The Masquelet technique is a procedure increasingly utilized for addressing segmental bone defects. The technique involves staged procedures consisting of bone debridement and temporary spacer placement to induce membrane formation, followed by delayed bone grafting. This report summarizes our center's experience with the Masquelet technique to reconstruct bone loss exclusively in the forearm.

We reviewed all cases in which the Masquelet technique was used to reconstruct segmental bone defects in the forearm resulting from acute trauma or nonunion, with or without infection, between 2014 and 2017 at a level-1 trauma center. Injury mechanism, prior surgeries, extent of bone defect, and demographic data were collected. Union was assessed along with treatment-related complications or reoperations.

We identified 9 patients with segmental bony defects in the forearm treated with the Masquelet technique. Among this cohort, 5 patients had bone defects associated with acute open fractures and 4 patients presented with nonunion (1 atrophic and 3 infected nonunions). The median bony defect was 4.7 cm (range, 1.7-5.4 cm) at the time of grafting. Second stage grafting was performed with Reamer Irrigator Aspirator autograft from the femur in 8 patients and iliac crest bone cancellous graft in 1 patient. Union was achieved in all 9 patients. Six patients achieved union by 3-month follow-up, 2 patients by 6 months, and 1 patient by 12 months. One patient required a reoperation for plate fracture prior to union treated with revision internal fixation and grafting.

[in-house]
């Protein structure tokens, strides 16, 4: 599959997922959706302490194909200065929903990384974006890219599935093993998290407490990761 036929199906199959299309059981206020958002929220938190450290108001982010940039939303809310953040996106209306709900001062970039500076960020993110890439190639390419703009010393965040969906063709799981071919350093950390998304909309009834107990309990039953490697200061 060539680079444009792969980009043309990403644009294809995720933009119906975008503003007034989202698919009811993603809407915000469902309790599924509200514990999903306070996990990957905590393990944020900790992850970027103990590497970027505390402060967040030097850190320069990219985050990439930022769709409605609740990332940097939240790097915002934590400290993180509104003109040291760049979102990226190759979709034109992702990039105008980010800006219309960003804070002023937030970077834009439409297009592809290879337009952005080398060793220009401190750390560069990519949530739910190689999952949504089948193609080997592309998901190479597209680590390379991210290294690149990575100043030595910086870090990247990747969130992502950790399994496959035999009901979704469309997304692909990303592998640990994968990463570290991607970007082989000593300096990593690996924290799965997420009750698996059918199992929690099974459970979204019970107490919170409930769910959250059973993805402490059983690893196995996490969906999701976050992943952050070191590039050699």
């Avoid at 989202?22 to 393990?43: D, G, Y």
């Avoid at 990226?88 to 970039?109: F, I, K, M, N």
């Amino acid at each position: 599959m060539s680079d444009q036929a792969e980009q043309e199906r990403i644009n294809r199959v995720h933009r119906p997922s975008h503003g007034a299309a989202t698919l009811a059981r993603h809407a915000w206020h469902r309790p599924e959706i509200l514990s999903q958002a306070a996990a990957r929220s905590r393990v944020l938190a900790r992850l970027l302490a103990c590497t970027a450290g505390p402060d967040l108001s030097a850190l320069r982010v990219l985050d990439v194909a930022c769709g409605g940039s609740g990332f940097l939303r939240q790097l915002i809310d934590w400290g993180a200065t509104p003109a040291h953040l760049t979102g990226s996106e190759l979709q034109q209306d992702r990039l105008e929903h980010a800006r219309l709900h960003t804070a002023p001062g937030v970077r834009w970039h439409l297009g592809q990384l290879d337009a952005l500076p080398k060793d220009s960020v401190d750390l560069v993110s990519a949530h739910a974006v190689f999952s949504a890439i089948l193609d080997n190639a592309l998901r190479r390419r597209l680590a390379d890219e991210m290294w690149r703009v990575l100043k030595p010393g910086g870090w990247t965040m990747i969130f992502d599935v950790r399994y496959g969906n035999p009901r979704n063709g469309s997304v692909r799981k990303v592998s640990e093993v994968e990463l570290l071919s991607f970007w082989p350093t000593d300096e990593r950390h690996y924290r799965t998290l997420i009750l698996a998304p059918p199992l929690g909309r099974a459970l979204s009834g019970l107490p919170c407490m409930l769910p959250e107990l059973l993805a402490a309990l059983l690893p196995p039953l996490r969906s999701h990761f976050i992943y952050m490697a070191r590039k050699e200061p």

The Masquelet technique effectively reconstructed traumatic and posttraumatic segmental defects in the forearm with a low incidence of complication.

Therapeutic V.

Polls results

On a scale of 1 to 10, rate how much this article will change your clinical practice?

NO change
BIG change
100% Article relates to my practice (7/7)
0% Article does not relate to my practice (0/7)
0% Undecided (0/7)

Will this article lead to more cost-effective healthcare?

71% Yes (5/7)
14% No (1/7)
14% Undecided (1/7)

Was this article biased? (commercial or personal)

0% Yes (0/7)
100% No (7/7)
0% Undecided (0/7)

What level of evidence do you think this article is?

0% Level 1 (0/7)
0% Level 2 (0/7)
42% Level 3 (3/7)
0% Level 4 (0/7)
57% Level 5 (4/7)